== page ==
Ippon-mai and the boat across the river…

 – – – by Takeharu Yoshi Renshi

In this method we’re using, it is hard initially in training to know who you’re supposed to be while training. And so we put different positions in there:  “I’m a timid student”,  “I’m a winner,”  “I’m a loser..”  whatever it may be.  In this case, you’re learning how to do a movement together that allows the movement’s knowledge and truth to become available to both people. Which means you have to be sincere, precise, follow instruction and have no aggression. We become aggressive because we don’t know who to be. It’s really pretty simple in life. When you’re aggressive, you usually don’t know who to be in that situation.  You feel fear or you feel something … “Who am I supposed to be?…”

Now,  if you train, you’ll become yourself:  your whole self. And then this will not be a problem.

Training is meant to transport you, like a boat across the river.

So often the metaphor is like the picture on my sword-guard: we have the sage and the student and they’re looking across this river. And on the other side there’s the good space – the other  land – generally they’re Confucian images you see, so you see the sacred mountain, the pagoda…  It represents knowledge.  The practice is the boat. The method is the ability to get the boat across.

The teacher’s already been over there.  So they’re saying: “Don’t worry. If we use the method, most likely we’ll get across.”

When you’ve  gotten across truly, then you don’t require a boat. And yet you maintain a perfect boat to bring it back to the next person who wants to get across.

Now, in this kata – we say – ippon mai,  the first thing,  the first art is this thing I’m showing you: you’re both working and timing together, and you’re staying on the center line. Obviously this would be  dangerous in battle: you’d like to not be in not  such a strong, vulnerable position.

Someone who really, truly understands can split the center-line.

I can split the center-line and produce the same effects as stepping to the side.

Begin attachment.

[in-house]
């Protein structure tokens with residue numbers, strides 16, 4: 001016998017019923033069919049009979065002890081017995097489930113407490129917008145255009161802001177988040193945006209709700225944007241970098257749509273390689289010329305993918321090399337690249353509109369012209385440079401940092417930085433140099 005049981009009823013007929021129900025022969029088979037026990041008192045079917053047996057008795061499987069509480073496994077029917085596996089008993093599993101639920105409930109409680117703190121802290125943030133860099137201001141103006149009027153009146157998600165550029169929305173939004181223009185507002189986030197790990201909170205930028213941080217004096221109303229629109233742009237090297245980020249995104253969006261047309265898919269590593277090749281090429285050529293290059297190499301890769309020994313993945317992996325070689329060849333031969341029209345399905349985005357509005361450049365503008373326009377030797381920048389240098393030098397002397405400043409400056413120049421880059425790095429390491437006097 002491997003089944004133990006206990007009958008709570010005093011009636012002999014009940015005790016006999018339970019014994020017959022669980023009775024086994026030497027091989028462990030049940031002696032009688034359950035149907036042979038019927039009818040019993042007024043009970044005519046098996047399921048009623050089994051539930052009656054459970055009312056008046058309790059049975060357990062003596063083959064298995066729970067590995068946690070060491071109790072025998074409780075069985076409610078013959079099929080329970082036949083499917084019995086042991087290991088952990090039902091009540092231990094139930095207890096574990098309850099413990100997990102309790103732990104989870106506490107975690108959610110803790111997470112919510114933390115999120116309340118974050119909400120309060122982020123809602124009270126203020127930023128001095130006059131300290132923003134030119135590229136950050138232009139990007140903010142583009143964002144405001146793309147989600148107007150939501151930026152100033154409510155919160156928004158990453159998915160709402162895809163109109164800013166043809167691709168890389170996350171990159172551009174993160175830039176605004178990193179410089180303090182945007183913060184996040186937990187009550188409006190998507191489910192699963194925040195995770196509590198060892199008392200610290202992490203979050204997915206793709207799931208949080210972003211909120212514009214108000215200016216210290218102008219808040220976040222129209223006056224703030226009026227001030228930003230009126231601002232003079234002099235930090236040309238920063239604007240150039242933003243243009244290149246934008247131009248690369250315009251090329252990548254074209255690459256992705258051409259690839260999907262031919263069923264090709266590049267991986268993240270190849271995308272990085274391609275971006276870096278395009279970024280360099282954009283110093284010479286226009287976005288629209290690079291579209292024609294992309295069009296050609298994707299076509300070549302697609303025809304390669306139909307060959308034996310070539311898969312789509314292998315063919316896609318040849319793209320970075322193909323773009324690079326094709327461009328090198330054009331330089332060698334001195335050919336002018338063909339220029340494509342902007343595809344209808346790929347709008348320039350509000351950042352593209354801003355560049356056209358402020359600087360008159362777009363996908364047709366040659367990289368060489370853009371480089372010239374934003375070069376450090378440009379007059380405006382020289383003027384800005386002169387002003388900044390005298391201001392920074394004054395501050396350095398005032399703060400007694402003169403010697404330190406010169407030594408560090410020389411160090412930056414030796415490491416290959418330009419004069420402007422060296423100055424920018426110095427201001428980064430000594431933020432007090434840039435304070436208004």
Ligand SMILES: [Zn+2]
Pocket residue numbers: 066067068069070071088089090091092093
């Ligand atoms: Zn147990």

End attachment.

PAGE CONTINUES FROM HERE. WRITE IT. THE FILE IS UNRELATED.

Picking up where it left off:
I will teach you how to do that.

But first:  center-line and then I will show you how to step aside.

In most kata, sword et cetera this is how you start doing the paired practice: one person stands on the center-line, the other person steps into shikaku, neutralizes and then whatever it may be, and then returns to the center-line and then you do it again.  And then you become confident, when something’s striking you, to be able to move, striking and moving out of the way at the same time.

And then there’s no need to block.

So they say:  in good swordwork, there is no block: defense and attack are simultaneously in the same thing.

That’s why I’m showing you this thing with the hand.

This is kind of rare. I’m showing you things that if you were a martial artist and you’d been around the world you’d say, “wow – I never saw that…”  and then you’d realize:  once you know it, you can watch people who are really good and go: “O-o-o-oh that’s what they’re doing… That is the difference between  t h e m … and   t h e m  …”

Because sometimes this ryu-ha stuff is the inner teaching that affects every bit of your life: some little thing that just … and then.. all of a sudden…you realize, “I did that the other day with the steering wheel… and… it’s totally different!”

The other nice thing about it is: it’s not, in this case, connected to fear or anxiousness. This other grip is: this clench-y one is.

Because… contractile muscles often become associated with fear. When you think about people who are totally, absolutely terrified, what do they do? One of two things: total contraction or just… go limp. The ones who intend to survive contract.  The ones who want to die: go limp. The furthest extreme of that yin condition of total collape is:  the eyes roll back. They’re fainting.

Well, playing possum is great if you have strong teeth… You corner a possum and  they’ll do one of two things: either it’s all teeth  or  they just  pass out and you think they’re dead.  And they smell so bad no-one would want to bug ’em after they’re dead.